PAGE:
Experienced riders know mishaps can happen, so McHatten recommends carrying basic tools along for the ride including an inner tube, a set of hex wrenches and a tire lever.

“If you don’t know how to change a tire, make sure you ride with someone who does,” she said. “But you have to have the repair stuff with you.”

It’s not a bad idea to toss in some snacks — McHatten swears by Snickers bars — extra water and a Band-Aid or two into your bike bag.

Keeping Maine cyclists informed and safe is among the missions of the Bicycle Coalition of Maine and its executive director Allison Vogt is looking forward to a great season of riding.

“Our members in the coalition are glad for this warm weather,” Vogt said. “We are seeing tons of people out on their bikes and the more the merrier.”

Vogt’s group works yearround on bicycling education and legislation and recently nine members returned from the annual bike summit in Washington.

“Transportation Secretary Ray LaHood got up on a table, and told us we have a friend in bicycling,” Vogt said. “The sun is really shining on cycling.”

On the state level the coalition is working on its new “Share the Roads” campaign and educating motorists about the 2007 law requiring they give at least three feet of space when passing a bicyclist on the road.

“It’s the variety of scenery that makes Maine so great for biking,” Vogt said. “The coast, the mountains — we have it all.”

With renewed attention being focused on healthy lifestyles, Vogt said cycling is a perfect activity.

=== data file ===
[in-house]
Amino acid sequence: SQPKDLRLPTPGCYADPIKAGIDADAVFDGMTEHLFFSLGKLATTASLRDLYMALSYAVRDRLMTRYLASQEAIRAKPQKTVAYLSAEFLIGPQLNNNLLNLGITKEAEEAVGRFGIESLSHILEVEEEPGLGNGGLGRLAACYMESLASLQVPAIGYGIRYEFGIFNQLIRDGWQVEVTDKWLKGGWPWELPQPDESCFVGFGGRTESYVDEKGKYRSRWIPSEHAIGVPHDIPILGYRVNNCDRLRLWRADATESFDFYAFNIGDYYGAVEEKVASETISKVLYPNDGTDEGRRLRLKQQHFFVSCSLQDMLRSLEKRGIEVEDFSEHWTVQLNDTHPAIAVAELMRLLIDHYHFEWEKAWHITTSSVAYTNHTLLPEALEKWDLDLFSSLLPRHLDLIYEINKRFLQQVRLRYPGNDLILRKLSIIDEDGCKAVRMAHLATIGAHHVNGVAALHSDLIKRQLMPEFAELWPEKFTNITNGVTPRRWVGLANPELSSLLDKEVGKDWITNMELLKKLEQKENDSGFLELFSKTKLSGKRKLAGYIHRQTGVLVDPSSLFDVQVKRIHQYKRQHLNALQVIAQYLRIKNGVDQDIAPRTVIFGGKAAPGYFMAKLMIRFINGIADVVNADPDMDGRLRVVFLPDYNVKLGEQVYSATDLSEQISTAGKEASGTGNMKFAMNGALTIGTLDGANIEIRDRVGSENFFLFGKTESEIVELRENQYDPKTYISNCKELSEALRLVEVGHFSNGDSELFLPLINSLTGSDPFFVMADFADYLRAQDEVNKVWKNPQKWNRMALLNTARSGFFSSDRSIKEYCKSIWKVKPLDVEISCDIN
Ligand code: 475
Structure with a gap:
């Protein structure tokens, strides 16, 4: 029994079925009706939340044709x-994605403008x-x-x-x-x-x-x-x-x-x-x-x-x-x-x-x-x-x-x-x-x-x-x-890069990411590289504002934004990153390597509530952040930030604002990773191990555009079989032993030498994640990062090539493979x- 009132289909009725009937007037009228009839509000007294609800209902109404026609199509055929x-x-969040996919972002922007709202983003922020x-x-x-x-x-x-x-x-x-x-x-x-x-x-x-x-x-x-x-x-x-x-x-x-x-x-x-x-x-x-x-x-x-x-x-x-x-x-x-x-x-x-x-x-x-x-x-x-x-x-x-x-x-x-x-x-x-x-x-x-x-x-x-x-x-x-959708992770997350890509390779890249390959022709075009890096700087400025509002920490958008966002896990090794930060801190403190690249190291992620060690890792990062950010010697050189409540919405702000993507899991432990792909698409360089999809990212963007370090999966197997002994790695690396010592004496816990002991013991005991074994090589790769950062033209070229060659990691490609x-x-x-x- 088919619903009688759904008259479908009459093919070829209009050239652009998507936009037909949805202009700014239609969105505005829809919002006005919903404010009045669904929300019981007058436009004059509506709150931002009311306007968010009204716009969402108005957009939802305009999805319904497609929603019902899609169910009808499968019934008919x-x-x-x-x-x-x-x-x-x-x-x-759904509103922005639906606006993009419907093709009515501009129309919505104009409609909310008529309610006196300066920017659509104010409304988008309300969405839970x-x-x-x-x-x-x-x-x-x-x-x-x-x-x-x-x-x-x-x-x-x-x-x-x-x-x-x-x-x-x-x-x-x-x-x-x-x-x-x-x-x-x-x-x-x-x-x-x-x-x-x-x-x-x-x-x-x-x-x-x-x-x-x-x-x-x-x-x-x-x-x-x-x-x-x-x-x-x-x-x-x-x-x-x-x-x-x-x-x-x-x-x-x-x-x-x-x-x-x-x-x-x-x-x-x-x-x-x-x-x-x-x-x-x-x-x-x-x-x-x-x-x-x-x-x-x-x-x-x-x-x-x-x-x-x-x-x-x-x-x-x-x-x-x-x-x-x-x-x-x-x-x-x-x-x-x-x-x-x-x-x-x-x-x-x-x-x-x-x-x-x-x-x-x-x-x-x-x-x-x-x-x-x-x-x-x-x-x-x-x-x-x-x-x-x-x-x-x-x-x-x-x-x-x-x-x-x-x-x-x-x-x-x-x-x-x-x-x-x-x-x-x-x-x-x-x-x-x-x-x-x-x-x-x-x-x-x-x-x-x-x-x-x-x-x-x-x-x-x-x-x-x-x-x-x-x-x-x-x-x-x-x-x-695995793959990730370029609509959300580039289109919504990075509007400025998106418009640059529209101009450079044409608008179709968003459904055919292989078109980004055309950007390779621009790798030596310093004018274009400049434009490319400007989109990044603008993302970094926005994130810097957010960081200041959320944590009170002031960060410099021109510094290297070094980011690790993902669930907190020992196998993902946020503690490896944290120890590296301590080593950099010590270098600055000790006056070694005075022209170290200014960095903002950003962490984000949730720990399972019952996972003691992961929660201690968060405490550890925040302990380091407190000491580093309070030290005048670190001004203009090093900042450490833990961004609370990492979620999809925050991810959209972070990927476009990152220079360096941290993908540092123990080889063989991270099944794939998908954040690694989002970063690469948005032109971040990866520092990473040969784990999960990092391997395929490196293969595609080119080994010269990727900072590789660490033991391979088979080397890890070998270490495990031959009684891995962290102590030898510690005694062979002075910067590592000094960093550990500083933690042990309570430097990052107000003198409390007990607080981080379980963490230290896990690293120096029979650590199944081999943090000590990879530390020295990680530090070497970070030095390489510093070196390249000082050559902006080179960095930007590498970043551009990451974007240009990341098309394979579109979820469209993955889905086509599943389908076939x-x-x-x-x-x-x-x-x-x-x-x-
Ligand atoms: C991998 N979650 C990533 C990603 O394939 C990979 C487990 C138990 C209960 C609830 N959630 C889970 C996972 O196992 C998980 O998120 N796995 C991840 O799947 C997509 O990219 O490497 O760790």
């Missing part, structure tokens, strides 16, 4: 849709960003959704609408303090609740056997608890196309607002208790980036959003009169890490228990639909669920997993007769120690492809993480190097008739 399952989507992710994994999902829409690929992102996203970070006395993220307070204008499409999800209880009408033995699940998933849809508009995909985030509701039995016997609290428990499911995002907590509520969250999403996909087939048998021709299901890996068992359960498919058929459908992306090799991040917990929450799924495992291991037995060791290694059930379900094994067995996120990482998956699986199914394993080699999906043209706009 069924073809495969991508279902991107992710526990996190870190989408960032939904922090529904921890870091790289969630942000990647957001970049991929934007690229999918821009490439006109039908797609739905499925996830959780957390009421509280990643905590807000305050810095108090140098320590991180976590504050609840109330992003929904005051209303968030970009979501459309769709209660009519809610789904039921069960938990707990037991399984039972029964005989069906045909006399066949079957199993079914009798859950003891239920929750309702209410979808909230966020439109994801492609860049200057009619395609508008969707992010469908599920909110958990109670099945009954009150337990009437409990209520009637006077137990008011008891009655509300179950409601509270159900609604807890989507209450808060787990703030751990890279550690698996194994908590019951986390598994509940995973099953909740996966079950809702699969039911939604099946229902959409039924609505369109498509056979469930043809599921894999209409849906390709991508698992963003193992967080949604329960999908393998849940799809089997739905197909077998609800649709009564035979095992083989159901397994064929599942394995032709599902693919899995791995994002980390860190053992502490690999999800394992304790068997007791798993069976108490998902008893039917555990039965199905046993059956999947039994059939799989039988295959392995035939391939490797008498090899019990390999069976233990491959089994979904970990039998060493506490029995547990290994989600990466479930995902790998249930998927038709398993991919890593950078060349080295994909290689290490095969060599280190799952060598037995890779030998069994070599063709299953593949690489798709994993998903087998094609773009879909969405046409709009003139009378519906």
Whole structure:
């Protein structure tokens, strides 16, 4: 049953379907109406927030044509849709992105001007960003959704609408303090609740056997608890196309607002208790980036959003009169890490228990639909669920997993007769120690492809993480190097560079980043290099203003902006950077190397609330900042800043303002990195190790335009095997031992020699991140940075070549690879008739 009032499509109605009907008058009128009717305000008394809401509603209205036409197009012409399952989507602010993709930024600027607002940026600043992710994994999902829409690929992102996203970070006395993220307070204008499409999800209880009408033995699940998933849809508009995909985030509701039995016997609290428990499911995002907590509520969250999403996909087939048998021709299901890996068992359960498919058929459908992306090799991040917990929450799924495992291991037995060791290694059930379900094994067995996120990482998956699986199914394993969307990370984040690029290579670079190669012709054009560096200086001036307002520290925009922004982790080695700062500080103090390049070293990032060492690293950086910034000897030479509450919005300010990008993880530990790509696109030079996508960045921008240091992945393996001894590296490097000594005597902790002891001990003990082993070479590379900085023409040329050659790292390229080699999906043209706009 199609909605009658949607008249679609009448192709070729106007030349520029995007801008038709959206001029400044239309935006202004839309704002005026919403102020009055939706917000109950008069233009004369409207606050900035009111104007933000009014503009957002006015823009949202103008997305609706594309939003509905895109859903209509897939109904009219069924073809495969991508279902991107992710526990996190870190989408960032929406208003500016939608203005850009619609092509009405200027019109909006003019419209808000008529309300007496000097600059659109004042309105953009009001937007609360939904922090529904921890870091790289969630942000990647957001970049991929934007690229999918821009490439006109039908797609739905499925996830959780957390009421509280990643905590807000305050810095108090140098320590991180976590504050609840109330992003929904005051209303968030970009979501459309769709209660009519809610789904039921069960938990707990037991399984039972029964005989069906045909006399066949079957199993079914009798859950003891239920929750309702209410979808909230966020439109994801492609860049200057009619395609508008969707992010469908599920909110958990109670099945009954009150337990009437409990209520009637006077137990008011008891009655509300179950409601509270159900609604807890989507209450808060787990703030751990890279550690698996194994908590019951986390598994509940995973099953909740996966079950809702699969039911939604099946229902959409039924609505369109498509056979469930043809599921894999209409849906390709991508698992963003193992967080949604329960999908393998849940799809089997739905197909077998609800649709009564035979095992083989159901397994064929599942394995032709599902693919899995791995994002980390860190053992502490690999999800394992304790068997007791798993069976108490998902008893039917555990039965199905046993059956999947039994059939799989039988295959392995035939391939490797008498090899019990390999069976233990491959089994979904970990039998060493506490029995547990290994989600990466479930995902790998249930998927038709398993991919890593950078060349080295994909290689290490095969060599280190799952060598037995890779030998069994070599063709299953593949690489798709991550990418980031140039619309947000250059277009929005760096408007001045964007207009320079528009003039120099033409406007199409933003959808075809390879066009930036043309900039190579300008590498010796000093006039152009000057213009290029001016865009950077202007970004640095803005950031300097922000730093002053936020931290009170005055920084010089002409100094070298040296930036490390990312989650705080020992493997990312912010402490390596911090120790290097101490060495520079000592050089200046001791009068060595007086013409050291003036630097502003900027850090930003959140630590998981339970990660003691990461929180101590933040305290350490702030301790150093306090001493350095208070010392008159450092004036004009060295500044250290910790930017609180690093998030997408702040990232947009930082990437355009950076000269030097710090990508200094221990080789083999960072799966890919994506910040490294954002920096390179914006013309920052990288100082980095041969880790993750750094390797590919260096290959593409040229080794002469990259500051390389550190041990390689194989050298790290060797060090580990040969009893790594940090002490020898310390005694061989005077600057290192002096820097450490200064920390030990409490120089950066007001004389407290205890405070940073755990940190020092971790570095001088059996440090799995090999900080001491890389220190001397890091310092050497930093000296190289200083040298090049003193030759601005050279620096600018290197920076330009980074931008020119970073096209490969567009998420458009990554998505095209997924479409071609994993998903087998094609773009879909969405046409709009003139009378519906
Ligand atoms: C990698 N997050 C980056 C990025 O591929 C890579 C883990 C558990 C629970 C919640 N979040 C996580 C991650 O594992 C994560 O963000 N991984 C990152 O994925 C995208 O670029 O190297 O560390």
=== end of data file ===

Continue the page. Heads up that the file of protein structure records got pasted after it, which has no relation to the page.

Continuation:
“You can actually get somewhere while working out,” she said. “Everyone is crunched for time, so you can use it as transportation and get in shape all at the same time.”

Despite the warm weather getting people out on bikes early this year, the coalition’s official start of spring is its annual bike swap. This year it’s in Orono on April 18.

“There’s really something about that first ride of the year,” McHatten said. “It’s like suddenly you are coming up from under water and it’s a release from the cabin fever of winter.”

Whether you want to ride solo or join a group, there are hundreds of good road and trail rides throughout Maine.

The Bicycle Coalition of Maine offers maps and routes through its Web site at

Local bike shops, like Mojos, also sponsor rides — a schedule may be seen at — and Vogt encourages riders to hook up with the experts at those shops.

“We have a great partnership with the local shops around the state,” Vogt said. “They are just awesome in getting the word out there about cycling.”

For now, that’s where you’ll find me on any given sunny, warm day. Cruising the roads of Aroostook County, tubes, a few spare parts and a Snickers bar in my bag.

Of course, just to play it safe, I am leaving on my studded snow tires for a few more weeks — just in case.

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Julia Bayly

Julia Bayly is a reporter at the Bangor Daily News with a regular bi-weekly column. Julia has been a freelance travel writer/photographer since 2000.